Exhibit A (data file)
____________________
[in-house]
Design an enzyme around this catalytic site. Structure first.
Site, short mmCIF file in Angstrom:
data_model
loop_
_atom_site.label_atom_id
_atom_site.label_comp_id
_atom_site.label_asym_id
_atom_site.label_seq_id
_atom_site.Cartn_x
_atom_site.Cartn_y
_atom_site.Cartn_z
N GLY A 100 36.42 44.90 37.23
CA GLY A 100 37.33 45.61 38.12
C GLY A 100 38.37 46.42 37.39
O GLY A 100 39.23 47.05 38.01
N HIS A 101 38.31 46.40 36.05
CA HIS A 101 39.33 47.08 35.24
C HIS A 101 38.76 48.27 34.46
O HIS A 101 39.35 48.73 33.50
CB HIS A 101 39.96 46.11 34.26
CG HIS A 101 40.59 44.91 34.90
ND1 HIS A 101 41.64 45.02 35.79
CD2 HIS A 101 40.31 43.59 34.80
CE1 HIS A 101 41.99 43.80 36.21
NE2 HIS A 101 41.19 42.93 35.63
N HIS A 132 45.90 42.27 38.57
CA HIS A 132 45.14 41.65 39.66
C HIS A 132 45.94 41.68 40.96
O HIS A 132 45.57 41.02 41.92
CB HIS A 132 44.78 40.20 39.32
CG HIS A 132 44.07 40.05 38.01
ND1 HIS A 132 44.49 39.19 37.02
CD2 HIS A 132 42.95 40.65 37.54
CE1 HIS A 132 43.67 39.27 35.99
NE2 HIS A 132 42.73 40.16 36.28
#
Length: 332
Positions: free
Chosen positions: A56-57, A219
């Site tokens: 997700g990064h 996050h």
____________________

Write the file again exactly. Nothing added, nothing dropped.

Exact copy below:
[in-house]
Design an enzyme around this catalytic site. Structure first.
Site, short mmCIF file in Angstrom:
data_model
loop_
_atom_site.label_atom_id
_atom_site.label_comp_id
_atom_site.label_asym_id
_atom_site.label_seq_id
_atom_site.Cartn_x
_atom_site.Cartn_y
_atom_site.Cartn_z
N GLY A 100 36.42 44.90 37.23
CA GLY A 100 37.33 45.61 38.12
C GLY A 100 38.37 46.42 37.39
O GLY A 100 39.23 47.05 38.01
N HIS A 101 38.31 46.40 36.05
CA HIS A 101 39.33 47.08 35.24
C HIS A 101 38.76 48.27 34.46
O HIS A 101 39.35 48.73 33.50
CB HIS A 101 39.96 46.11 34.26
CG HIS A 101 40.59 44.91 34.90
ND1 HIS A 101 41.64 45.02 35.79
CD2 HIS A 101 40.31 43.59 34.80
CE1 HIS A 101 41.99 43.80 36.21
NE2 HIS A 101 41.19 42.93 35.63
N HIS A 132 45.90 42.27 38.57
CA HIS A 132 45.14 41.65 39.66
C HIS A 132 45.94 41.68 40.96
O HIS A 132 45.57 41.02 41.92
CB HIS A 132 44.78 40.20 39.32
CG HIS A 132 44.07 40.05 38.01
ND1 HIS A 132 44.49 39.19 37.02
CD2 HIS A 132 42.95 40.65 37.54
CE1 HIS A 132 43.67 39.27 35.99
NE2 HIS A 132 42.73 40.16 36.28
#
Length: 332
Positions: free
Chosen positions: A56-57, A219
């Site tokens: 997700g990064h 996050h």